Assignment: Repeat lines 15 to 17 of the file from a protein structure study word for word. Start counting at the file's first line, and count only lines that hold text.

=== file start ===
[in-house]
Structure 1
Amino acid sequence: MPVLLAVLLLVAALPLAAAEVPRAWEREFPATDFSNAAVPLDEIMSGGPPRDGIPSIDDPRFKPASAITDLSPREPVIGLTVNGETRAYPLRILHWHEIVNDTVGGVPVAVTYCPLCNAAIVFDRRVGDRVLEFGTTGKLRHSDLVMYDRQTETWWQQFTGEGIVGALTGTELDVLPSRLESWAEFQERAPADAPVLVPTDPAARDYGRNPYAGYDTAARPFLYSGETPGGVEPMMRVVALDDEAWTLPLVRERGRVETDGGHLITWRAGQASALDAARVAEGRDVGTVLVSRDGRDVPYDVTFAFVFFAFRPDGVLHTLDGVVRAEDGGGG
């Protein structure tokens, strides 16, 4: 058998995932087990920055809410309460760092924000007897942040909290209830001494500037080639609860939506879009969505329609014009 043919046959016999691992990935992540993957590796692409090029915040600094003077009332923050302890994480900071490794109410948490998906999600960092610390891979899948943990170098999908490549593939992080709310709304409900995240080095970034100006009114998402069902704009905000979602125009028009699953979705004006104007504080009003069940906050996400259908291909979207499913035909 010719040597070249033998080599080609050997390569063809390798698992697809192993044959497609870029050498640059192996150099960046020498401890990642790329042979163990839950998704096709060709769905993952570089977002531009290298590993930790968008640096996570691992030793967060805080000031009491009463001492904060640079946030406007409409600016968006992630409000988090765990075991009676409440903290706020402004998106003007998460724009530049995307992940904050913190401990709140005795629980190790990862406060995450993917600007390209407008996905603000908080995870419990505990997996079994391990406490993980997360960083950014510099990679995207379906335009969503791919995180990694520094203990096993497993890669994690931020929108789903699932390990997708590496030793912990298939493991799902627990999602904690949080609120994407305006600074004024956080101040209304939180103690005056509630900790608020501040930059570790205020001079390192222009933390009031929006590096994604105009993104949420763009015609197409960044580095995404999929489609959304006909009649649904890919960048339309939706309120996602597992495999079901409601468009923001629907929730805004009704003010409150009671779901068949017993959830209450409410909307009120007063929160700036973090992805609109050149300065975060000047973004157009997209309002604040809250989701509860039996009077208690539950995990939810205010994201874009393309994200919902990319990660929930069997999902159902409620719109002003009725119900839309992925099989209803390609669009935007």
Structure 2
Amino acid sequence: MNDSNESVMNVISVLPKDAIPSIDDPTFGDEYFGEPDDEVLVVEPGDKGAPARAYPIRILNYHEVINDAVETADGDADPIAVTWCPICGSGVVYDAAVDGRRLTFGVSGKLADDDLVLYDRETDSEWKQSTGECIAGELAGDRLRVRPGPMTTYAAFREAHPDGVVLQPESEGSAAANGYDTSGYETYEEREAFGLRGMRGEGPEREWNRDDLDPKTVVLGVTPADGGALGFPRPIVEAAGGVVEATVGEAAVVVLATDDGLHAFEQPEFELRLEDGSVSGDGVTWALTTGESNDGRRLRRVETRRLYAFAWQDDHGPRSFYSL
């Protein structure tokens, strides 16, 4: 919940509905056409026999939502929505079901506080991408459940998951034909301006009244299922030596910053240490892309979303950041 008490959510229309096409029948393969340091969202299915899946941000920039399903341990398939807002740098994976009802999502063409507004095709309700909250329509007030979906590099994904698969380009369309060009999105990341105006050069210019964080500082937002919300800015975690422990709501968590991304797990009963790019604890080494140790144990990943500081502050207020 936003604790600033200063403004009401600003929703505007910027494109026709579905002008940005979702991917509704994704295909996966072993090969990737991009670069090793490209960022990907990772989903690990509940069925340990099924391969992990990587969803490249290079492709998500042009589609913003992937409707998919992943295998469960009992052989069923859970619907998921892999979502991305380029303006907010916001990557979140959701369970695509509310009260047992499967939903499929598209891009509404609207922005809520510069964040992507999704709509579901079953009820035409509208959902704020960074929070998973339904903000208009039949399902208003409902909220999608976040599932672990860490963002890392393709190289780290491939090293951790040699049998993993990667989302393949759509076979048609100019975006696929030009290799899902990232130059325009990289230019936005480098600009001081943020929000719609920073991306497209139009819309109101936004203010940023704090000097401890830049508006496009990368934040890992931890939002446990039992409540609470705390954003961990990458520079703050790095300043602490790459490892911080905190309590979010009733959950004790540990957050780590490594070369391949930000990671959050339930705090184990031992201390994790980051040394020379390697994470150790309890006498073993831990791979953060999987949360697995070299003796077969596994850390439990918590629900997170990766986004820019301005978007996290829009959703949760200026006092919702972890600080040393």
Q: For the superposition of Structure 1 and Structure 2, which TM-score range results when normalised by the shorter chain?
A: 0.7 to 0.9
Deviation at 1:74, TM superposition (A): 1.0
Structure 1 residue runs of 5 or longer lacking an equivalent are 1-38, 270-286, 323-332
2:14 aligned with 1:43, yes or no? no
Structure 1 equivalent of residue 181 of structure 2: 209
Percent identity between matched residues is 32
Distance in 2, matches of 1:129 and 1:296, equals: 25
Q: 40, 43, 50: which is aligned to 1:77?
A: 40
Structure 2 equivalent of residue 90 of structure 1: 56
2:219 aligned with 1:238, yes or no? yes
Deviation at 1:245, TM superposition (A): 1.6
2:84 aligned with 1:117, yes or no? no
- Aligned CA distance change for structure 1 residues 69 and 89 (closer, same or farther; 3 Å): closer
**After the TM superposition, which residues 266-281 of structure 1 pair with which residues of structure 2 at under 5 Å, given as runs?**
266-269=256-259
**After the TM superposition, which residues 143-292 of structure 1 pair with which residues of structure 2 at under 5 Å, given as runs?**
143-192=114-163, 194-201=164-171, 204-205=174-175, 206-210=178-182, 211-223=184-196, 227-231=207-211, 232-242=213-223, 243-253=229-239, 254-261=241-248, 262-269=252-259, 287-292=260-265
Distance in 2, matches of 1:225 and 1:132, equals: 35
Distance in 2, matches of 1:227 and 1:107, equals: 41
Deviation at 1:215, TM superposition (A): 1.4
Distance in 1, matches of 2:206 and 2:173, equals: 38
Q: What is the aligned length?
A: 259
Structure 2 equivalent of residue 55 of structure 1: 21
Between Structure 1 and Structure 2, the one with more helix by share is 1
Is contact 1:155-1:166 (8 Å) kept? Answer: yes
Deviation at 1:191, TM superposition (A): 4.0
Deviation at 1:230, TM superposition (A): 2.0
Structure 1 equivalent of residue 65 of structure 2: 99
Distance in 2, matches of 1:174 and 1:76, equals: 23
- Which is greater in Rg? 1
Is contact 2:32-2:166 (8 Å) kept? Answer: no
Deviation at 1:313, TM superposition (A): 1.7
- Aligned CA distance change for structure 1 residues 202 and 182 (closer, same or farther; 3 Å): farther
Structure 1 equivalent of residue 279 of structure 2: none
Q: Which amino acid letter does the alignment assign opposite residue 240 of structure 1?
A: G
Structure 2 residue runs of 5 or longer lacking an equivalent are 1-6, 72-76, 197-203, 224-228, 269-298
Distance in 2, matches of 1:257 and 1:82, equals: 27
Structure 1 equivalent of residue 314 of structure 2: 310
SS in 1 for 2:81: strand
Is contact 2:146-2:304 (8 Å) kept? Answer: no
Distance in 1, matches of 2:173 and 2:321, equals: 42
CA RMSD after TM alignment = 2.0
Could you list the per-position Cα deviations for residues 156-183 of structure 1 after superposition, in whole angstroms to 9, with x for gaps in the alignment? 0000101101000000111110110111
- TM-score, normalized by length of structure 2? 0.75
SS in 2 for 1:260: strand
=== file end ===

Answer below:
Distance in 2, matches of 1:129 and 1:296, equals: 25
Q: 40, 43, 50: which is aligned to 1:77?
A: 40